His Lean Startup methodology has been written about in the New York Times, the Wall Street Journal, the Harvard Business Review, the Huffington Post, and many blogs. He lives in San Francisco.
Guy L. Steele Jr. is a Software Architect at Oracle. He
received his A.B. in applied mathematics from Harvard College (1975),
and his S.M. and Ph.D. in computer science and artificial intelligence
from M.I.T. (1977 and 1980). He has also been an assistant professor
of computer science at Carnegie-Mellon University; a member of
technical staff at Tartan Laboratories in Pittsburgh, Pennsylvania;
and a senior scientist at Thinking Machines Corporation in Cambridge,
Massachusetts. He joined Sun Microsystems in 1994 as a Distinguished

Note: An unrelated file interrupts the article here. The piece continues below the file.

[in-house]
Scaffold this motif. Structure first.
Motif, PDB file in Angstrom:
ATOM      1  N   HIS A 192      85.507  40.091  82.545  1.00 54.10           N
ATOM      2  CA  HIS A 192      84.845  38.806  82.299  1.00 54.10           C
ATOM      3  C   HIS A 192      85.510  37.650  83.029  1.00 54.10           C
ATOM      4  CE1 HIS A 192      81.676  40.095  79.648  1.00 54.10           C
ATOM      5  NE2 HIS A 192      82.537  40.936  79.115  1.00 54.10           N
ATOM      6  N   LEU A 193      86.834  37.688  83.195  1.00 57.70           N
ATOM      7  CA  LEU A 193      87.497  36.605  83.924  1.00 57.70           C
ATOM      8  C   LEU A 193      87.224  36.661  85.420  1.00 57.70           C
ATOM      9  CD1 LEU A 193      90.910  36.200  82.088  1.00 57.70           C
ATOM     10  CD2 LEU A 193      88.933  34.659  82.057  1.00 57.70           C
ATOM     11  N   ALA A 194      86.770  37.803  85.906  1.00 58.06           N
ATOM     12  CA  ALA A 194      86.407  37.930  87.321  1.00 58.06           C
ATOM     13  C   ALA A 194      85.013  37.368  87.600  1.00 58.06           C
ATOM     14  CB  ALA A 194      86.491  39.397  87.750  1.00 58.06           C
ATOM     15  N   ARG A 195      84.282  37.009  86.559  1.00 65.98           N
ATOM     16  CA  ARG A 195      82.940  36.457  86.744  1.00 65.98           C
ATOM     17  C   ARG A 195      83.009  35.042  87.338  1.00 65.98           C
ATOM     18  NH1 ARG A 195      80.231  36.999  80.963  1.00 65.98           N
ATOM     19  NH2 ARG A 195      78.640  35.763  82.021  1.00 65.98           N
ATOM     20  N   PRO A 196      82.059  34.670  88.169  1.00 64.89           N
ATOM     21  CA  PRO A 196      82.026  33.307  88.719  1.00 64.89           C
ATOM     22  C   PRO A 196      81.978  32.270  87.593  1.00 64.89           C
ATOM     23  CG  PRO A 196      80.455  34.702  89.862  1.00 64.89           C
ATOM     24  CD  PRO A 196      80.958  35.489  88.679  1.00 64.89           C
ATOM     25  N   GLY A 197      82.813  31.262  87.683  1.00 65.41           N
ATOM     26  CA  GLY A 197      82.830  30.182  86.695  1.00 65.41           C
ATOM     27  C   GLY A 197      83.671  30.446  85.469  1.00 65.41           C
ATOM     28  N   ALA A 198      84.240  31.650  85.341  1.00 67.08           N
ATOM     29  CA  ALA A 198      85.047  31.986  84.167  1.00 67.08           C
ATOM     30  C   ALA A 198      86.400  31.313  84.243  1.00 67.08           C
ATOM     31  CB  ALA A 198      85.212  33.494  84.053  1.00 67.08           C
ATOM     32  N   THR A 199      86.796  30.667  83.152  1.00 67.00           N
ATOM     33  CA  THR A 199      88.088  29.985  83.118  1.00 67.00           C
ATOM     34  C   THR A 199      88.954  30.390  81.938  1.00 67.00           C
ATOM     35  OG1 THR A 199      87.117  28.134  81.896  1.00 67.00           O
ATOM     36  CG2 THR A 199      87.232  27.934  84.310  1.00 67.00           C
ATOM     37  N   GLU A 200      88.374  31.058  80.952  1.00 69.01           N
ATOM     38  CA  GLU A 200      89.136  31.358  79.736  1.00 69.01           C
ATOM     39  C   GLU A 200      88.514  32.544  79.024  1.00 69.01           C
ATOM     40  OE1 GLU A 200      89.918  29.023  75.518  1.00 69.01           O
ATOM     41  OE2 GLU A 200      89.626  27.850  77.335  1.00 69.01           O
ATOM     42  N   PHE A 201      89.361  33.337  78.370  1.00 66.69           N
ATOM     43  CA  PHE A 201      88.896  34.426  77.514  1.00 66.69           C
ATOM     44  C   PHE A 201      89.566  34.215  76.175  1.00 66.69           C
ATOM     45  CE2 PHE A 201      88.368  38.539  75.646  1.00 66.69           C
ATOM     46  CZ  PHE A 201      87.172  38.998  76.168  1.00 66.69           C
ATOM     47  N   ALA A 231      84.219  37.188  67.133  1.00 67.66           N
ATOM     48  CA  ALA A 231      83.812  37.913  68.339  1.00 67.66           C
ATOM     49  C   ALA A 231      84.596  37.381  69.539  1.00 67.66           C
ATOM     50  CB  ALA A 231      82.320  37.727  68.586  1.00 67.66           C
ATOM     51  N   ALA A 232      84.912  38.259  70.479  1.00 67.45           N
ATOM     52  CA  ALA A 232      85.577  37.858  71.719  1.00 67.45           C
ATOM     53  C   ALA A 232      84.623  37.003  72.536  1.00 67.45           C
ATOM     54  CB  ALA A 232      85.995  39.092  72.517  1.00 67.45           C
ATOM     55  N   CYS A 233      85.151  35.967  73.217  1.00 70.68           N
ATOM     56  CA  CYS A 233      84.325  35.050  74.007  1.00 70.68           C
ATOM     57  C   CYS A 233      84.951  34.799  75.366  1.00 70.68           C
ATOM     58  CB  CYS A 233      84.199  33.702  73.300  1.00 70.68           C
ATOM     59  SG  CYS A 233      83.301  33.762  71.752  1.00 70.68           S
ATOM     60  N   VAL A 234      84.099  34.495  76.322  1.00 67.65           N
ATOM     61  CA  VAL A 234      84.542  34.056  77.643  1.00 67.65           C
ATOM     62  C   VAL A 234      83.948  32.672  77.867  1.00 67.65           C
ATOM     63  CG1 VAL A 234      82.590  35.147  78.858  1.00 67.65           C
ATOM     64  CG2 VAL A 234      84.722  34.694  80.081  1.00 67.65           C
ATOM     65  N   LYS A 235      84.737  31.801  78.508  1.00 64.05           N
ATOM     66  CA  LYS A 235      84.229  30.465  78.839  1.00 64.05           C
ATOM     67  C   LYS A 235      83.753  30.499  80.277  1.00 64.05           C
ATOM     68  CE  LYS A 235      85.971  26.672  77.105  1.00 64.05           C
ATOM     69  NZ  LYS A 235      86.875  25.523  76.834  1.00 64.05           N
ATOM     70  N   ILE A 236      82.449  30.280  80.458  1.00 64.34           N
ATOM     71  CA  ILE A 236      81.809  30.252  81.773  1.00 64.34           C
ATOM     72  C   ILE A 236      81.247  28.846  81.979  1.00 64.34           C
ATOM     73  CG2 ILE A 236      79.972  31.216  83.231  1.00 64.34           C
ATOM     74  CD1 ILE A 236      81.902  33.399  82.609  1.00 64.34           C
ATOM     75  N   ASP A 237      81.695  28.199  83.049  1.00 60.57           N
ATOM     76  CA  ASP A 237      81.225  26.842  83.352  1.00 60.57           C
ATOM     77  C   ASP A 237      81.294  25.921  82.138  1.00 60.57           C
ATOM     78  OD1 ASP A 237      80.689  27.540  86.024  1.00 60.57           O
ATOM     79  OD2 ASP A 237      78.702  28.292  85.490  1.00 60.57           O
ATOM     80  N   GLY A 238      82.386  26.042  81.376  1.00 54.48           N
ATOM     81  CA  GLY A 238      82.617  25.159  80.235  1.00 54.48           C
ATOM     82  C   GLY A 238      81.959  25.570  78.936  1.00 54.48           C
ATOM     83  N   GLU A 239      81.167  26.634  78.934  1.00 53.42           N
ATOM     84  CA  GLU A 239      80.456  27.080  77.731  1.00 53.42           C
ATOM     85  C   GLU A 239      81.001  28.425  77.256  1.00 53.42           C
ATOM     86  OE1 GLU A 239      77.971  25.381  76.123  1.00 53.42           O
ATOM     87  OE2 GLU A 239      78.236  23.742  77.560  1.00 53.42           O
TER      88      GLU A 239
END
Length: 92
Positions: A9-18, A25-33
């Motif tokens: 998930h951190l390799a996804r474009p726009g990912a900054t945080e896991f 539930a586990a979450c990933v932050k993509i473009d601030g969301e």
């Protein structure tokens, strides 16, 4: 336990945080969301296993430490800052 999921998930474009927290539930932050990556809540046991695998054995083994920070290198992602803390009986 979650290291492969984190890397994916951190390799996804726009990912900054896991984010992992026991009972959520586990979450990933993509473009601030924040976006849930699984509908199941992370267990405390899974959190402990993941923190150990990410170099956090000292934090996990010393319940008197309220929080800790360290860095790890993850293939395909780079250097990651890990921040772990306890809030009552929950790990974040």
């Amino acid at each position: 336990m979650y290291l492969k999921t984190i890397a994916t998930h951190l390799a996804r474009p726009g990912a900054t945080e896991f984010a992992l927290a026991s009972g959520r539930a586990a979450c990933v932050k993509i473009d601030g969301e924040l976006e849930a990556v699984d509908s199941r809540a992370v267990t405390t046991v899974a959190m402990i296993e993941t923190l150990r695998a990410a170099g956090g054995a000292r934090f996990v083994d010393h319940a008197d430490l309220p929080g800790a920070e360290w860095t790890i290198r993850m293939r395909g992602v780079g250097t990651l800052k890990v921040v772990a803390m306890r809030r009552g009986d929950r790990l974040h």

Engineer and was named a Sun Fellow in 2003. Sun Microsystems was
acquired by Oracle in 2010, and he is now a member of Oracle Labs.
He is author or co-author of five books: Common Lisp: The Language
(Digital Press, first ed. 1984, second ed. 1990); C: A Reference
Manual (Prentice-Hall, first ed. 1984, fourth ed. 1995); The Hacker’s
Dictionary (Harper&Row, 1983), which has been revised as The New
Hacker’s Dictionary, edited by Eric Raymond with introduction and
illustrations by Guy Steele (MIT Press, first ed. 1992, third ed.
1996); The High Performance Fortran Handbook (MIT Press, 1994); and
The Java Language Specification (Addison-Wesley, first ed. 1996,
second ed. 2000, third ed. 2005). All are still in print. He has
been praised for an especially clear and thorough writing style in
explaining the details of programming languages.
He has published more than two dozen papers on the subject of the Lisp